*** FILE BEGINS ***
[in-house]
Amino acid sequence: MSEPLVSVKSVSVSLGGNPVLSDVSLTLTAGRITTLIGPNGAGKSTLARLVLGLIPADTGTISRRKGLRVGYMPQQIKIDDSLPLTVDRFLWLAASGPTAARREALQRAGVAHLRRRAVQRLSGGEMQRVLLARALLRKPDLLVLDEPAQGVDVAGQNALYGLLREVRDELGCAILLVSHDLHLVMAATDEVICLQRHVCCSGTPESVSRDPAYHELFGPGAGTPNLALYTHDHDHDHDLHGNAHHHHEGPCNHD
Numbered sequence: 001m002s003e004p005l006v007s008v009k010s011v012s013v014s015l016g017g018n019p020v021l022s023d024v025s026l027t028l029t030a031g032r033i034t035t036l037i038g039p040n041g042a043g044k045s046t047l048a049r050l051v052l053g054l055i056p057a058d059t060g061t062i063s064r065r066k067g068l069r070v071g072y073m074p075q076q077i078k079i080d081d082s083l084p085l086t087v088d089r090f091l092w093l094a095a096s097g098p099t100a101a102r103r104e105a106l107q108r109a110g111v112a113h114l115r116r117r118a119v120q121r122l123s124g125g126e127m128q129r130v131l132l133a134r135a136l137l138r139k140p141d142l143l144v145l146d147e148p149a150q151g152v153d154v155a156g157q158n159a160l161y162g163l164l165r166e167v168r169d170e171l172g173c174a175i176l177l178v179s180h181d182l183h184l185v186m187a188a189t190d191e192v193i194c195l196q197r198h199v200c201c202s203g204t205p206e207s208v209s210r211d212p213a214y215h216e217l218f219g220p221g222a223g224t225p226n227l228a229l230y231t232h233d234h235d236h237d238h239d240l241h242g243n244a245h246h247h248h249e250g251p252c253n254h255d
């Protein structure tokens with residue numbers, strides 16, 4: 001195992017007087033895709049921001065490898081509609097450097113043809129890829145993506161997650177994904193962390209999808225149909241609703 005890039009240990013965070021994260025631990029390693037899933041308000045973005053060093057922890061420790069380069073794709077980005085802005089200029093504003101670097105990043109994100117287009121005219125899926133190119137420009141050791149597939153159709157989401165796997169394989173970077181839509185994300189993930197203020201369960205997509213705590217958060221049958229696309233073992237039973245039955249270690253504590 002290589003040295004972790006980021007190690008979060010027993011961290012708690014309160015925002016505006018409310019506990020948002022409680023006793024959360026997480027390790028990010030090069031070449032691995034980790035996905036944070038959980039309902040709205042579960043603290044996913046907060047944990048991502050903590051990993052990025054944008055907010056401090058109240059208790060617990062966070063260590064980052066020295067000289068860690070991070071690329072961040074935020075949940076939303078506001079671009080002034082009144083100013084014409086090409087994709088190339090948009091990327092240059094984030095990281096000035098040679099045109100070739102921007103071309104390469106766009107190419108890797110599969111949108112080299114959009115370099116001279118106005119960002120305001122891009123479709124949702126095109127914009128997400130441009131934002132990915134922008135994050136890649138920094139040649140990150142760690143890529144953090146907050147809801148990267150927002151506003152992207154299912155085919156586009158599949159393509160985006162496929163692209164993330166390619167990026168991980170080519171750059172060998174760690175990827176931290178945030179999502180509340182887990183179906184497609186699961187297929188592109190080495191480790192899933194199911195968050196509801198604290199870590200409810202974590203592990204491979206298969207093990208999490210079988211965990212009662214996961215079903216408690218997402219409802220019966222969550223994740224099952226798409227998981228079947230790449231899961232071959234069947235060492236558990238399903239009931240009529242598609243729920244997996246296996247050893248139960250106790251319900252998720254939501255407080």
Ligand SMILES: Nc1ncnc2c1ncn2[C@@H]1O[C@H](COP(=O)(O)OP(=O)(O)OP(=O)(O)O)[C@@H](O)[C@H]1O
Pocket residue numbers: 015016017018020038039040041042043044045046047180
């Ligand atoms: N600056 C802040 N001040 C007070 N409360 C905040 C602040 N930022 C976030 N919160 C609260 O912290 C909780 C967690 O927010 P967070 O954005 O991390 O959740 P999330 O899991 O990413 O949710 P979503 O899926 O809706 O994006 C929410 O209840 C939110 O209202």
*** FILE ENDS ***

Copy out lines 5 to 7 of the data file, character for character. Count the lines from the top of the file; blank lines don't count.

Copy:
Ligand SMILES: Nc1ncnc2c1ncn2[C@@H]1O[C@H](COP(=O)(O)OP(=O)(O)OP(=O)(O)O)[C@@H](O)[C@H]1O
Pocket residue numbers: 015016017018020038039040041042043044045046047180
């Ligand atoms: N600056 C802040 N001040 C007070 N409360 C905040 C602040 N930022 C976030 N919160 C609260 O912290 C909780 C967690 O927010 P967070 O954005 O991390 O959740 P999330 O899991 O990413 O949710 P979503 O899926 O809706 O994006 C929410 O209840 C939110 O209202």